"The gold bugs are out in force," says Garry White in The Daily Telegraph. The dash for this "financial teddy bear" suggests that investors see rising risks in markets and are seeking out an asset traditionally seen as the ultimate safe haven. Soft Chinese data and rising tensions in the Middle East have sent gold prices towards 14-month highs around $1,340 an ounce.
The main drawback of holding gold is that it pays no interest, but with government bond yields continuing to plumb the depths, reflecting fears over global growth, gold is looking more attractive on a relative basis. Interest-rate cuts by the Federal Reserve would also help gold by weakening the dollar. They would make the currency less appealing and gold more attractive since it is priced in dollars.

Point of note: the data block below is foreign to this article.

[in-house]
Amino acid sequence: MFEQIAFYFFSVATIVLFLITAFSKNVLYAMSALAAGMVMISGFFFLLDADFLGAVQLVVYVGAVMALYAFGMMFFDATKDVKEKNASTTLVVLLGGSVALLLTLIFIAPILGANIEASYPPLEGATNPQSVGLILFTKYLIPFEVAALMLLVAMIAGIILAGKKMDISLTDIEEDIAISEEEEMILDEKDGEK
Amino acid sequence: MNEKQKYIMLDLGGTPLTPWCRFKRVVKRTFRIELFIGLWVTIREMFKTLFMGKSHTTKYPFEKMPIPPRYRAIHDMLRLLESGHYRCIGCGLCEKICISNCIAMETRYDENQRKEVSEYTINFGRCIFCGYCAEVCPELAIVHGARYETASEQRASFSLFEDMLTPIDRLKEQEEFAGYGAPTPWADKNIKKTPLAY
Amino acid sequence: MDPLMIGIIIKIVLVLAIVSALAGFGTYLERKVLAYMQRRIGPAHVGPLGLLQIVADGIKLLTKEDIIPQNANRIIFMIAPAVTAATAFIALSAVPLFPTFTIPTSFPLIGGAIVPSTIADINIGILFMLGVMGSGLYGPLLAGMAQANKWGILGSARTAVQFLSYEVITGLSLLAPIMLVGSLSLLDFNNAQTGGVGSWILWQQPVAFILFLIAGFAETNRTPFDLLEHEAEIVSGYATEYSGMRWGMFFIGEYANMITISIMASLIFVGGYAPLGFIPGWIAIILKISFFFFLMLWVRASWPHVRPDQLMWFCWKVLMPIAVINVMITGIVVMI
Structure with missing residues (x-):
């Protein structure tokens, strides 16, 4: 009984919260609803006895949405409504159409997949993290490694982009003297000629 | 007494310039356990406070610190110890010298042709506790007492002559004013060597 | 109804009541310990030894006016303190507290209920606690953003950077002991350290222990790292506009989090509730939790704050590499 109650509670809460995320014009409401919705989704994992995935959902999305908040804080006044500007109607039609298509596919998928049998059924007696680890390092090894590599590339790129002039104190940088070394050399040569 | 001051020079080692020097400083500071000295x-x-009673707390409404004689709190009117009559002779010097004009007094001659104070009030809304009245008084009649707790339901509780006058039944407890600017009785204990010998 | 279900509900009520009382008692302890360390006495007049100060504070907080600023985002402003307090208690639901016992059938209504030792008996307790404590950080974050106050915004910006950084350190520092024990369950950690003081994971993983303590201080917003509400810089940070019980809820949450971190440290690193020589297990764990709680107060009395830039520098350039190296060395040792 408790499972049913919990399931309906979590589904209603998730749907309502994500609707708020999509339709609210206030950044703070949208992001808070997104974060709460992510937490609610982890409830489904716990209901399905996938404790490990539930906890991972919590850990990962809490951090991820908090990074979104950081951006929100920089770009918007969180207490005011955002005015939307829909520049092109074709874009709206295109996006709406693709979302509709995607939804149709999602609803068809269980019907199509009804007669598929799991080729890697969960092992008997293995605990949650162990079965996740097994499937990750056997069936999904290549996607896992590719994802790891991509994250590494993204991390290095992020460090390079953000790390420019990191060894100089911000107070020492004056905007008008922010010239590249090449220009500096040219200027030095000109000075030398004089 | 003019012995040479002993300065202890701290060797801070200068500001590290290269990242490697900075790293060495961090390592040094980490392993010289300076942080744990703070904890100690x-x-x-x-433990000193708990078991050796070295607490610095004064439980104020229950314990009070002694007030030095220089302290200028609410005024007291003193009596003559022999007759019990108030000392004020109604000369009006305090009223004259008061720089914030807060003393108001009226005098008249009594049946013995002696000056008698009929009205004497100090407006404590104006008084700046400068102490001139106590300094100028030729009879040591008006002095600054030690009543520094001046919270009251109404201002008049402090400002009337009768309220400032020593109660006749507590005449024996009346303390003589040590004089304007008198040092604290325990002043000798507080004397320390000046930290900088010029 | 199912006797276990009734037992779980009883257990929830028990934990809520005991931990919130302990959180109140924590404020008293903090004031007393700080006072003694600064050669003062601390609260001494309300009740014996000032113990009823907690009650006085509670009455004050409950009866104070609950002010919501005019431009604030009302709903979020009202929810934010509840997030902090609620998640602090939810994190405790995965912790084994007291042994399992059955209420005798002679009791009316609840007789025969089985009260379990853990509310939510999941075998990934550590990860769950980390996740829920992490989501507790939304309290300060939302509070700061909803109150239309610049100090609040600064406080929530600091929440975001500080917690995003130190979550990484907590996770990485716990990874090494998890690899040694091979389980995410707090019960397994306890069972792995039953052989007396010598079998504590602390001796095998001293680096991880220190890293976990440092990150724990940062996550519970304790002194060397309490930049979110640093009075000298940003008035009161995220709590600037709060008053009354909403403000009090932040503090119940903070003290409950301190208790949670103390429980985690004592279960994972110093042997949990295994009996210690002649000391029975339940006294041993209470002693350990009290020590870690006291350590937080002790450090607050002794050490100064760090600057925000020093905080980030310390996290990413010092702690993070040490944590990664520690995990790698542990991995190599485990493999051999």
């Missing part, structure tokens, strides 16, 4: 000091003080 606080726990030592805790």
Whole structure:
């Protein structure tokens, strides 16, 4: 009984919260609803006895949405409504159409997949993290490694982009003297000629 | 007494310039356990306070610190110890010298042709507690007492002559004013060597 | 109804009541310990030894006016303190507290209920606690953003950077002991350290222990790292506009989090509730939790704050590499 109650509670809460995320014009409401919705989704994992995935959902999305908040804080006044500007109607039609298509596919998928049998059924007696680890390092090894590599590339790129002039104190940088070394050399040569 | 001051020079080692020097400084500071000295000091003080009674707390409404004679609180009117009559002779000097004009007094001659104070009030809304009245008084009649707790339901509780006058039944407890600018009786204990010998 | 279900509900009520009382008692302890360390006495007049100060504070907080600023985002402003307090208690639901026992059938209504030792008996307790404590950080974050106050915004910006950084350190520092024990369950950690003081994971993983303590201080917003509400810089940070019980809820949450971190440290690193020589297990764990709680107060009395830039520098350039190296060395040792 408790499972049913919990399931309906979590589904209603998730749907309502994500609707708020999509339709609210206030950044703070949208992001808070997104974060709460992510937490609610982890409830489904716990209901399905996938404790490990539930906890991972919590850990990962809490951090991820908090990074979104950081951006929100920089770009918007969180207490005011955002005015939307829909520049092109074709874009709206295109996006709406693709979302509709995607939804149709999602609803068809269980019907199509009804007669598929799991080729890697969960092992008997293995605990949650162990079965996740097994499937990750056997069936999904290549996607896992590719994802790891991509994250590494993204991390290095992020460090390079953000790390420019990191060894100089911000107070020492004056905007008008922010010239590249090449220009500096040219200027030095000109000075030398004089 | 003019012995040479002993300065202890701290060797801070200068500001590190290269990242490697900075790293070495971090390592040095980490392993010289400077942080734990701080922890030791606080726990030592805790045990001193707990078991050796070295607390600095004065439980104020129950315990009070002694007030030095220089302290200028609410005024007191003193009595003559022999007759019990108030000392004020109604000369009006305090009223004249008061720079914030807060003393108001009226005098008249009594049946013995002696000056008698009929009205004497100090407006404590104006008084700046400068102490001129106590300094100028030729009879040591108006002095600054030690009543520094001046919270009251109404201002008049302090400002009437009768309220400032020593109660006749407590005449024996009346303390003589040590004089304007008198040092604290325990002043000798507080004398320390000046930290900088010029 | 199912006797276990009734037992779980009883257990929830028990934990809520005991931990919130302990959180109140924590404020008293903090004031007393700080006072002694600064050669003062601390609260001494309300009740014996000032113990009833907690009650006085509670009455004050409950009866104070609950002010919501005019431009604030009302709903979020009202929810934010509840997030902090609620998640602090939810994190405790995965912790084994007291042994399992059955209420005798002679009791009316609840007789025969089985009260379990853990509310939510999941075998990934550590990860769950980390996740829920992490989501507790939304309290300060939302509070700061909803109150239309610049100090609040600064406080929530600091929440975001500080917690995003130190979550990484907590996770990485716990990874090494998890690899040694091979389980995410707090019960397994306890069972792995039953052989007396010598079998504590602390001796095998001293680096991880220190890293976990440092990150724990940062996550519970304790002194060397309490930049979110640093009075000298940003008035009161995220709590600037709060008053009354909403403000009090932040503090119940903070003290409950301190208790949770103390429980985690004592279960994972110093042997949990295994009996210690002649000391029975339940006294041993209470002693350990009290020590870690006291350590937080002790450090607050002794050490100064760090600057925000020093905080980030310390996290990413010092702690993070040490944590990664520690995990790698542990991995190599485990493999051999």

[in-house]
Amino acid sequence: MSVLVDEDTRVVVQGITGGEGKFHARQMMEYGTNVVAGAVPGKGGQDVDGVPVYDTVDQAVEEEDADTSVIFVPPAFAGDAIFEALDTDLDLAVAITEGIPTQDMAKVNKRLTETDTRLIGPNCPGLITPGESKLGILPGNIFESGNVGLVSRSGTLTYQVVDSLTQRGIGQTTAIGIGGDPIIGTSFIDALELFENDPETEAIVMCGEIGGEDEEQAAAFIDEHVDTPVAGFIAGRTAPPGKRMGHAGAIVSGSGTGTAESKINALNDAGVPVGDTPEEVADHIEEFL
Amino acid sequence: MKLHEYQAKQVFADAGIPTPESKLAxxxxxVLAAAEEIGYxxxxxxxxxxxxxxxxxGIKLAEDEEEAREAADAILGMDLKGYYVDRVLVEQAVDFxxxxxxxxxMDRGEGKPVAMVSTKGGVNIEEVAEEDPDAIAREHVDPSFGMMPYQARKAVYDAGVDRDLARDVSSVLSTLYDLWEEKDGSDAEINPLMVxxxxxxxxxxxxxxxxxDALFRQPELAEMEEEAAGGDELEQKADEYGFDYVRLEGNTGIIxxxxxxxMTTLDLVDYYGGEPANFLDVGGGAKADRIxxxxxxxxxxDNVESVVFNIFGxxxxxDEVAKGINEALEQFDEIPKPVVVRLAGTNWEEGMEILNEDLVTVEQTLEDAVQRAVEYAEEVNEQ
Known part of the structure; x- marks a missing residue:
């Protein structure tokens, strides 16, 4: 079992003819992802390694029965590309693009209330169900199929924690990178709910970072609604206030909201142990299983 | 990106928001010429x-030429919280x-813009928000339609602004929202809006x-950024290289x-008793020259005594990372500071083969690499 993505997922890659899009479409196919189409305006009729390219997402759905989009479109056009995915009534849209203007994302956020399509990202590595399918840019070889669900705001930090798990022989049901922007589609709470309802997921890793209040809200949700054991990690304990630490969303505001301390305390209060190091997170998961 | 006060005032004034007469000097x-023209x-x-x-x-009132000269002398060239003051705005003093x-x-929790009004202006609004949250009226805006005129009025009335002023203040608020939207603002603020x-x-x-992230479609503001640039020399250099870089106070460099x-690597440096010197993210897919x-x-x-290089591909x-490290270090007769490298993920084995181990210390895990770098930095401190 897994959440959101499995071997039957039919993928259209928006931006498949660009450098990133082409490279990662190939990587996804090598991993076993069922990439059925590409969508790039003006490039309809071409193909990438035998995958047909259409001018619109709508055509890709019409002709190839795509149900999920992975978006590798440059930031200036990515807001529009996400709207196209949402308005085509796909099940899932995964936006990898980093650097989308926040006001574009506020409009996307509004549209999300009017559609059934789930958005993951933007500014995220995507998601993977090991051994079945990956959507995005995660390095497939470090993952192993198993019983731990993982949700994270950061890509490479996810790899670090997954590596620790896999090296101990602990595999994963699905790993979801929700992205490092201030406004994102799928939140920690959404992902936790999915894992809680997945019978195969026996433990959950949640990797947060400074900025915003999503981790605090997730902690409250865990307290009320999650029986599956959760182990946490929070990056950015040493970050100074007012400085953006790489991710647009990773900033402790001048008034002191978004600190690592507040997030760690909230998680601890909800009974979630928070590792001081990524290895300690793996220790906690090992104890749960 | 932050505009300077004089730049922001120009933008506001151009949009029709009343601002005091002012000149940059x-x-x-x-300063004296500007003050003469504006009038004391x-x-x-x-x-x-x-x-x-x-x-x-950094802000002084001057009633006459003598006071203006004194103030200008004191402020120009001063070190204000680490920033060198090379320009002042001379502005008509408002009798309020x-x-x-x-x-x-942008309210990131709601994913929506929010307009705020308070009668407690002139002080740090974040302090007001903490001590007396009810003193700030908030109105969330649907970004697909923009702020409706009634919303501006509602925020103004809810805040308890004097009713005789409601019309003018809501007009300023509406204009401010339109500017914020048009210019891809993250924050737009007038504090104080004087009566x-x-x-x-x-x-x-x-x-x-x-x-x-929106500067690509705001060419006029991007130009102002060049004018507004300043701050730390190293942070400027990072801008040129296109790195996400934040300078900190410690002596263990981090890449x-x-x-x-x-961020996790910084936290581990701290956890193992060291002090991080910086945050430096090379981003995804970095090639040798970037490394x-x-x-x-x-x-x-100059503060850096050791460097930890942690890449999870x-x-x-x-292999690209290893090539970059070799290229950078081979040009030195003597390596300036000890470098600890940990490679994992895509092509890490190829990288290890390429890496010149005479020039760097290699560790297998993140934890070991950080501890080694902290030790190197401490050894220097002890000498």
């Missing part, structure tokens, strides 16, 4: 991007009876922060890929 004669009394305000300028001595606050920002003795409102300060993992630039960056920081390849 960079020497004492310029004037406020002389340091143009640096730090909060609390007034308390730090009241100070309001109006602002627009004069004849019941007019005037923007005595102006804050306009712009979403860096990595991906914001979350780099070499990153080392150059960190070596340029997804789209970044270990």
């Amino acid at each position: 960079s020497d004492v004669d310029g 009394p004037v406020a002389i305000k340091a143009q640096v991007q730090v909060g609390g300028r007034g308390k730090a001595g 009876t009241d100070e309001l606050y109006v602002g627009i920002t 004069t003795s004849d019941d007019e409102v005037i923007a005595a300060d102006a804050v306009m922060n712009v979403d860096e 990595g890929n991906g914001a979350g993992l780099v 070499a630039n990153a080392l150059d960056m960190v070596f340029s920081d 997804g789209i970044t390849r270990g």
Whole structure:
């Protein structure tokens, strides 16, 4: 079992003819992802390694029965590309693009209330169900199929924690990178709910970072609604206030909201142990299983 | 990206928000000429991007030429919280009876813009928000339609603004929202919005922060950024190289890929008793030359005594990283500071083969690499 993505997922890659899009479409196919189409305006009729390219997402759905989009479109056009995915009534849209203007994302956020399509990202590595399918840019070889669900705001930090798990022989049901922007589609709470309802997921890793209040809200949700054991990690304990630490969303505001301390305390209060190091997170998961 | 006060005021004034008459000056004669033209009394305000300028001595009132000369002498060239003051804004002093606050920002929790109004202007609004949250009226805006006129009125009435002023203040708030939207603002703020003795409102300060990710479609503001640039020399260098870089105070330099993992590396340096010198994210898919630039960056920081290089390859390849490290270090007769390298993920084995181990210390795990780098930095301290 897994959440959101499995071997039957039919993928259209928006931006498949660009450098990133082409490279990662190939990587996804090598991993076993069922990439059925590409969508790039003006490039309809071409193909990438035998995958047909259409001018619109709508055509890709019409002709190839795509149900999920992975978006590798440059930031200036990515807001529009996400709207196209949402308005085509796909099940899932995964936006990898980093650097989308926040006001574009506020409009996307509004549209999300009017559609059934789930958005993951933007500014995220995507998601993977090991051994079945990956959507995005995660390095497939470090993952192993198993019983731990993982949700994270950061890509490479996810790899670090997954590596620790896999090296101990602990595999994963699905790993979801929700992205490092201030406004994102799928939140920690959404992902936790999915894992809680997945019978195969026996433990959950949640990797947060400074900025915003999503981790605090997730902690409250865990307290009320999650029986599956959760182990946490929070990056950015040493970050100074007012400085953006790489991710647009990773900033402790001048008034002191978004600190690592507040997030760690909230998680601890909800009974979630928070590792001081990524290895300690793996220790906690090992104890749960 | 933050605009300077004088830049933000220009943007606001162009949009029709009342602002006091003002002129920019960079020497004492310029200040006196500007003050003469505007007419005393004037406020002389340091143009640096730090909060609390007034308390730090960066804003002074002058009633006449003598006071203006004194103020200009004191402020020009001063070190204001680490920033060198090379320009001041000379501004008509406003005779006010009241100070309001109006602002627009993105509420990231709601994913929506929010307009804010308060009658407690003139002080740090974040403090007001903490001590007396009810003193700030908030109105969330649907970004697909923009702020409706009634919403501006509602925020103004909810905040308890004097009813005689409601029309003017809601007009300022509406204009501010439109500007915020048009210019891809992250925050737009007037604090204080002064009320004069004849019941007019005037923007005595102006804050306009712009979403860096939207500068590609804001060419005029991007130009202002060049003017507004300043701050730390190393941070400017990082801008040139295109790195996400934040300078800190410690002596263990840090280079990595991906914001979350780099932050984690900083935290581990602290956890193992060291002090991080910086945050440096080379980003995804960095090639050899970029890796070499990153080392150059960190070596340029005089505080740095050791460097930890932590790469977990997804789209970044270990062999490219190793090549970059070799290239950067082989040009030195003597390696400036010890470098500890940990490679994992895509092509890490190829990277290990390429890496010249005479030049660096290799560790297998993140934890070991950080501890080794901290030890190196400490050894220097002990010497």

Then there's inflation. MoneyWeek has been pointing out for some time that markets may be underestimating the risks of an inflationary scare in an era of ultra-loose monetary policy. Peter Schiff of Euro Pacific Capital tells Barron's that if the economy slides into a "severe recession" then we could be in for another round of quantitative easing that is "much larger than prior ones". That will stoke fears of inflation too. "Gold does well in periods of dollar weakness, inflation, and economic uncertainty," concludes Schiff. "We are about to get all three."
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